In the tech sector, pundits are always hyping the next, disruptive technology on the verge of changing, well, everything. “Embrace this transformative new force or ignore it at your peril,” they warn. Sometimes, they even get it right. Quantum computing may very likely be one of those times.
If you haven’t heard, the race is on to build the world’s first commercially viable quantum computer. If you believe the buzz, anyone with a quantum computer—be it a hostile government, business competitor, or lone hacker—would be able to crack any cybersecurity encryption on the planet instantly.
Before you run screaming for your information security officer, let me put your mind to rest. Despite the hype, quantum computing is not right around the corner—nor can it instantly crack any encryption. That said, quantum computing will no doubt arrive, and it will be an immensely powerful tool for good as well as for evil. Here’s what you need to know.
Encryption is everywhere
To understand why cybersecurity experts are concerned, you need to know a little bit about how encryption works, where it is used, and how quantum computers are fundamentally different from today’s digital computers.
Encryption is a cryptography method for protecting digital data by making it unreadable in the event it is stolen or intercepted by an unauthorized party. Encryption transforms readable text into unintelligible code or cyphertext that requires a “key” in order to decrypt the data and make it readable. The longer the key, the harder it is to crack the code.
You don’t need to work in the military or intelligence community to use encryption. It is literally everywhere.
- If you buy or sell anything over the web, that credit card transaction is protected by encryption.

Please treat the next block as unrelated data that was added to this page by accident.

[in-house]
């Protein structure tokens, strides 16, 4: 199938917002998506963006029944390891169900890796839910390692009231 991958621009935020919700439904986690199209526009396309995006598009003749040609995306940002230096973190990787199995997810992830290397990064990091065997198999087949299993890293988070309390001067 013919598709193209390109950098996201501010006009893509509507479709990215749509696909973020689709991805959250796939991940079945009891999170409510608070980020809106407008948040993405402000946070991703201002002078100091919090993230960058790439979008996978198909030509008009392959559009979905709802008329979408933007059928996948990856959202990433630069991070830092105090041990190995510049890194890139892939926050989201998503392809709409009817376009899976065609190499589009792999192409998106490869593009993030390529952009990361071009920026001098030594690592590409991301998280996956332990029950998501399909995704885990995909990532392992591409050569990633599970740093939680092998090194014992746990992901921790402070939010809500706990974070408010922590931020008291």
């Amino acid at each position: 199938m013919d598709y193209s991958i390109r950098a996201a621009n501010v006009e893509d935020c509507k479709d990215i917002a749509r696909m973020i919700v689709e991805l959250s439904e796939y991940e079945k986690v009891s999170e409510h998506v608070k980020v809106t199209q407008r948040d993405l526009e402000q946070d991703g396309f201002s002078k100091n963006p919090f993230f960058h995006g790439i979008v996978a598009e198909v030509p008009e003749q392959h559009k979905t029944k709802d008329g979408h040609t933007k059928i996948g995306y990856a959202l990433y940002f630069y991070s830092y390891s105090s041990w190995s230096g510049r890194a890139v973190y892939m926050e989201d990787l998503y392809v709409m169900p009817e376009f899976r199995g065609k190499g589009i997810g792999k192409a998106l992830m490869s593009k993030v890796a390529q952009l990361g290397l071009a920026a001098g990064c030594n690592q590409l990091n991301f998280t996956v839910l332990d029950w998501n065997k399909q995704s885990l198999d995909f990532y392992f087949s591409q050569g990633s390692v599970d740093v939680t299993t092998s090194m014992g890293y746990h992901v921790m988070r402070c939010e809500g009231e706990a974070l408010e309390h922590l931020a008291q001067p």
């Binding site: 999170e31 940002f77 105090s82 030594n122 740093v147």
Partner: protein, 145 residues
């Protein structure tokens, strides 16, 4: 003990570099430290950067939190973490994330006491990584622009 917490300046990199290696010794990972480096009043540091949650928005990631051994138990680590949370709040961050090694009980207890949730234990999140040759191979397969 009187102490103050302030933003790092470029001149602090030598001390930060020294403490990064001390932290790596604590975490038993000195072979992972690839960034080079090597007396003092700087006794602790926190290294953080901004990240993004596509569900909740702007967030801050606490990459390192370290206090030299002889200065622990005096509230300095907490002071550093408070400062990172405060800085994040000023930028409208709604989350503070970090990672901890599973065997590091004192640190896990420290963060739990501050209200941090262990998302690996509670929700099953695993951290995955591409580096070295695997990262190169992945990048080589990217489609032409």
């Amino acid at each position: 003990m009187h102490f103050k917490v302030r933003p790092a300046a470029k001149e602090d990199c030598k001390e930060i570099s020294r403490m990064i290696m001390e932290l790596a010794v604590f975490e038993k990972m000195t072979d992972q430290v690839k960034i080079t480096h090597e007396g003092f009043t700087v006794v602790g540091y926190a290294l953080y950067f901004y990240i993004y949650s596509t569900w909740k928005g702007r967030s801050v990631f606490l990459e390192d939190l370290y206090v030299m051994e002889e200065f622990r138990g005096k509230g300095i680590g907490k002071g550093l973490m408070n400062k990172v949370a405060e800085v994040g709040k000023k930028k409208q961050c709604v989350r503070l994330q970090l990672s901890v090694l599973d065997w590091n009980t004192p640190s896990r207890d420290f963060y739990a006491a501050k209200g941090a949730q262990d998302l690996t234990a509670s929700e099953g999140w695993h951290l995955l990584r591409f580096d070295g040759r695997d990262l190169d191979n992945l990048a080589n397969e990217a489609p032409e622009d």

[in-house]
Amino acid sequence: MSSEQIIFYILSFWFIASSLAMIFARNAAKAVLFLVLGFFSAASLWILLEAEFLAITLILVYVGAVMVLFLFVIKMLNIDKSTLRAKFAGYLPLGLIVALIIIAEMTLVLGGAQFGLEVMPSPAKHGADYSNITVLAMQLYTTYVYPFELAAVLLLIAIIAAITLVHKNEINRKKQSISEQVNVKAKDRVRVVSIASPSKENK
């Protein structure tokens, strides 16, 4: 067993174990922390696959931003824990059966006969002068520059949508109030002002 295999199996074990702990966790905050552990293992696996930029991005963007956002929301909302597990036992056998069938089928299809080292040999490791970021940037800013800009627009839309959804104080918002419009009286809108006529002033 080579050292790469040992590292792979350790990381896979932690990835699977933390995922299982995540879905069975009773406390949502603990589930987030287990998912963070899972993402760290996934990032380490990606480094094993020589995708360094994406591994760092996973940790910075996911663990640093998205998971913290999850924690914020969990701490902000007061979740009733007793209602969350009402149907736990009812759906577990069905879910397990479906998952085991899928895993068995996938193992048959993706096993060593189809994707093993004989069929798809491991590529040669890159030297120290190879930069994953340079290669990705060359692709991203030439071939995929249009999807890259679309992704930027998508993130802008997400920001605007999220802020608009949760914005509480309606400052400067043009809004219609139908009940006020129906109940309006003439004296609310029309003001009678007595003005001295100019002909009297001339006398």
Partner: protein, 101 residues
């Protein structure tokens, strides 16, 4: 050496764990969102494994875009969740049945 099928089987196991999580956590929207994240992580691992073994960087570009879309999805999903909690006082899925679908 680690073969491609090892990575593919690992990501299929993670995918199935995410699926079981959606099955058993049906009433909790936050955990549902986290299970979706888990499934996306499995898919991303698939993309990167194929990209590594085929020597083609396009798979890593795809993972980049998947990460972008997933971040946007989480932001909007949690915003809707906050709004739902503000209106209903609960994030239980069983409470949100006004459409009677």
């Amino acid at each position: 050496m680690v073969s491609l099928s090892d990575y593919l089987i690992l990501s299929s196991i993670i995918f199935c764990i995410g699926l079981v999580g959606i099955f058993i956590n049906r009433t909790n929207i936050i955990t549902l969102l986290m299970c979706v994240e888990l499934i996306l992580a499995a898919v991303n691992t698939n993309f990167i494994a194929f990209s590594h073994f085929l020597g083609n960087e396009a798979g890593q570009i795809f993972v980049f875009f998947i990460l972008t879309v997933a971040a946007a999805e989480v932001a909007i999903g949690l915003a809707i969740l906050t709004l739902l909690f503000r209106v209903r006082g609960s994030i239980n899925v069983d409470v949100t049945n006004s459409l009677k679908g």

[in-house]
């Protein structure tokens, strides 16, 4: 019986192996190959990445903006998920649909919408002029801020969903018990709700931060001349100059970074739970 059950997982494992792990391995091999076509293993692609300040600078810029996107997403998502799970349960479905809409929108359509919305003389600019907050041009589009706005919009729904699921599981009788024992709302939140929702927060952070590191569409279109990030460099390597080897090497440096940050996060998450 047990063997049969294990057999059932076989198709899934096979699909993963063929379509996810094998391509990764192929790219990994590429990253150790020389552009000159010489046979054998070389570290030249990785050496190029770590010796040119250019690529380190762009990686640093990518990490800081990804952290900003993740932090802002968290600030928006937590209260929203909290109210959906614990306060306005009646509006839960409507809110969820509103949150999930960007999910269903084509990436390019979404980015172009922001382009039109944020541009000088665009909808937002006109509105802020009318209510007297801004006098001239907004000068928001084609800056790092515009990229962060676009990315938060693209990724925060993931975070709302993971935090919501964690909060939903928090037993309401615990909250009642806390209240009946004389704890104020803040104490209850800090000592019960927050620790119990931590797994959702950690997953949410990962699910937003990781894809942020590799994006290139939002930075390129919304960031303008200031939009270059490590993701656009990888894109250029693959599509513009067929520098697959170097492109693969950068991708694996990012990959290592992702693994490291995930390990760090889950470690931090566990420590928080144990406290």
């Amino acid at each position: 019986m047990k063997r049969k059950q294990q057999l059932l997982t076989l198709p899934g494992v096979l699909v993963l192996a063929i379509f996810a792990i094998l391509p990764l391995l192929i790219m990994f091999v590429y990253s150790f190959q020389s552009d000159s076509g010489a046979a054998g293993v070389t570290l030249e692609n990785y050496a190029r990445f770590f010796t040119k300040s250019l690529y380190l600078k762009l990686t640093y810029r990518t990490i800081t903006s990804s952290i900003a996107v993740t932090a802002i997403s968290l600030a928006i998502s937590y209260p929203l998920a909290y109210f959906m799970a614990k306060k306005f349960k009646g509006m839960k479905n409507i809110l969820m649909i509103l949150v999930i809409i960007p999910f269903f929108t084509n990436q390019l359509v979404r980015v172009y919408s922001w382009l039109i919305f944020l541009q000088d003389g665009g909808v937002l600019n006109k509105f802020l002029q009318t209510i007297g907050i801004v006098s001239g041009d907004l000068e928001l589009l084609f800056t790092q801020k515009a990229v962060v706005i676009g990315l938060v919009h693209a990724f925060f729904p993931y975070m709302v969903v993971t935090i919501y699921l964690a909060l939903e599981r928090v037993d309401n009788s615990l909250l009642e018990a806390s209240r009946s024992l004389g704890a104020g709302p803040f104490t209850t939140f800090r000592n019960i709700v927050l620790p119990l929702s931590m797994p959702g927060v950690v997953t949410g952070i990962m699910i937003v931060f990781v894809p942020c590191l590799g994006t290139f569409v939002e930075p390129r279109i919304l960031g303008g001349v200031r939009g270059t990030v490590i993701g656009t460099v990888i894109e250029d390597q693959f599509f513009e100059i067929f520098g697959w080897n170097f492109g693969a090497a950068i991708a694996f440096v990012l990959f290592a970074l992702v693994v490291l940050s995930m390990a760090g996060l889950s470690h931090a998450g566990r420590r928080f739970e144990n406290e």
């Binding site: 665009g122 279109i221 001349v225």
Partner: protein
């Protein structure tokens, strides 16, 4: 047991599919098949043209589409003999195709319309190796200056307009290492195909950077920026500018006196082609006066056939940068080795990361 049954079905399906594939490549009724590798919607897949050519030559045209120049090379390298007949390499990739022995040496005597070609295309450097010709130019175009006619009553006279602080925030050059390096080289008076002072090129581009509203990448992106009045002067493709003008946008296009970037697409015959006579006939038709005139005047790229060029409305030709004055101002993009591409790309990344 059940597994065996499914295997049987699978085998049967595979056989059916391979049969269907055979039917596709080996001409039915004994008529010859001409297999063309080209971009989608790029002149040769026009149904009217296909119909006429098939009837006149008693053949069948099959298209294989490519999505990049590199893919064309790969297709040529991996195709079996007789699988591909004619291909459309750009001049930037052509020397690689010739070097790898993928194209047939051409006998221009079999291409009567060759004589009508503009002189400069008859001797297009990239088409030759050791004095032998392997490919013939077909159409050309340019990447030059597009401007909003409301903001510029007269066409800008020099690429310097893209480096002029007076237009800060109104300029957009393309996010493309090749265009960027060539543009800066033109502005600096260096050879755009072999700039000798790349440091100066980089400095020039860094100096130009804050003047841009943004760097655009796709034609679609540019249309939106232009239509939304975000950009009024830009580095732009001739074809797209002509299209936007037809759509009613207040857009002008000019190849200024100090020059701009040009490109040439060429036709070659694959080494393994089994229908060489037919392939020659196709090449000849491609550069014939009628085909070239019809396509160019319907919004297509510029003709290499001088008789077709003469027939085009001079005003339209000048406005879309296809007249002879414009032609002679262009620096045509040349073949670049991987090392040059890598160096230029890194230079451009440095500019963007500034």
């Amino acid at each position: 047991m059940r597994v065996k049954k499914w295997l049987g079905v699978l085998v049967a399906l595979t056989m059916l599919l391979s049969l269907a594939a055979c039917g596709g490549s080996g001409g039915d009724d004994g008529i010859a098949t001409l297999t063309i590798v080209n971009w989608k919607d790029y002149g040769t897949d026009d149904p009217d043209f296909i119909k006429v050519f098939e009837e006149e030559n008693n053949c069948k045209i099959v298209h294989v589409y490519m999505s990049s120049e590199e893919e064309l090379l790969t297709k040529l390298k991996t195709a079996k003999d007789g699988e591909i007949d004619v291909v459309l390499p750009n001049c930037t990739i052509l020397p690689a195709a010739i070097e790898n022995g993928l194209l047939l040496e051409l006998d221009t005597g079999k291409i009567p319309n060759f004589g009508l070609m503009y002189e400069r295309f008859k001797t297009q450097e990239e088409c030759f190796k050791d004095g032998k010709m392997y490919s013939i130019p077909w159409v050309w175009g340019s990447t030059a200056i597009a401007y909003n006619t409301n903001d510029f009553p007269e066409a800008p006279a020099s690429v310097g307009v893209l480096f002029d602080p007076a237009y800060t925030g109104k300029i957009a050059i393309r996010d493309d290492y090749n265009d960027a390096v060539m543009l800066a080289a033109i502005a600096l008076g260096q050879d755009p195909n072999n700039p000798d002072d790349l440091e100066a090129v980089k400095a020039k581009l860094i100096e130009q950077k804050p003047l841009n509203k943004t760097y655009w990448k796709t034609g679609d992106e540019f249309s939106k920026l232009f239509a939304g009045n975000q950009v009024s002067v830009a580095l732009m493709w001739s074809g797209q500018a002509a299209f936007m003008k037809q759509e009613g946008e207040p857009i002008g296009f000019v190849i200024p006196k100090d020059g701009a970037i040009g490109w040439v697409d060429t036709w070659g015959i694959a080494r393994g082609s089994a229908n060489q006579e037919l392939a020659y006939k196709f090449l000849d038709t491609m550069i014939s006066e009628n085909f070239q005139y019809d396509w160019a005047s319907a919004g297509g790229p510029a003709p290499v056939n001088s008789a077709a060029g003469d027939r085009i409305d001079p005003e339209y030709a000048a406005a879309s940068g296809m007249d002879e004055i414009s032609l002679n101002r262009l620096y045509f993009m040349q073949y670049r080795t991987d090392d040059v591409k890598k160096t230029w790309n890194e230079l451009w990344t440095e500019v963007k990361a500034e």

- If you or your employees use a Virtual Private Network (VPN) to protect corporate information while working remotely, you’re using encryption.
- If you use direct deposit or any other type of electronic funds transfers, you rely on encryption.
Today’s web browsers automatically encrypt text when they connect to a secure server, and its use is growing thanks to stricter industry and government mandates, such as the GDPR, for the protection of personal data.
Quantum computing is a different breed of cat
The digital computers we all use today operate using a sequence of binary bits: ones and zeroes. Each bit is always in one of two definitive states, acting as an on or off switch to drive computer functions. Quantum computers are different beasts altogether—to explain that difference, we need to get into a little bit of quantum physics. I promise it won’t be painful.
According to quantum mechanics, subatomic particles exist in all possible states at once until someone observes them. (You may have heard of Schrödinger’s cat, the thought experiment that places a hypothetical cat in a box and asks “is the cat alive or dead”? The answer is both, until you open the box to find out.)
Because of this “superposition,” as it’s called in physics, the quantum bits, or qubits, in a quantum computer can represent both a one and a zero at the same time. This enables a quantum computer to process highly complex problems with a vast multitude of different outcomes (such as long-key encryption) far faster than the fastest digital computer.
The quantum advantage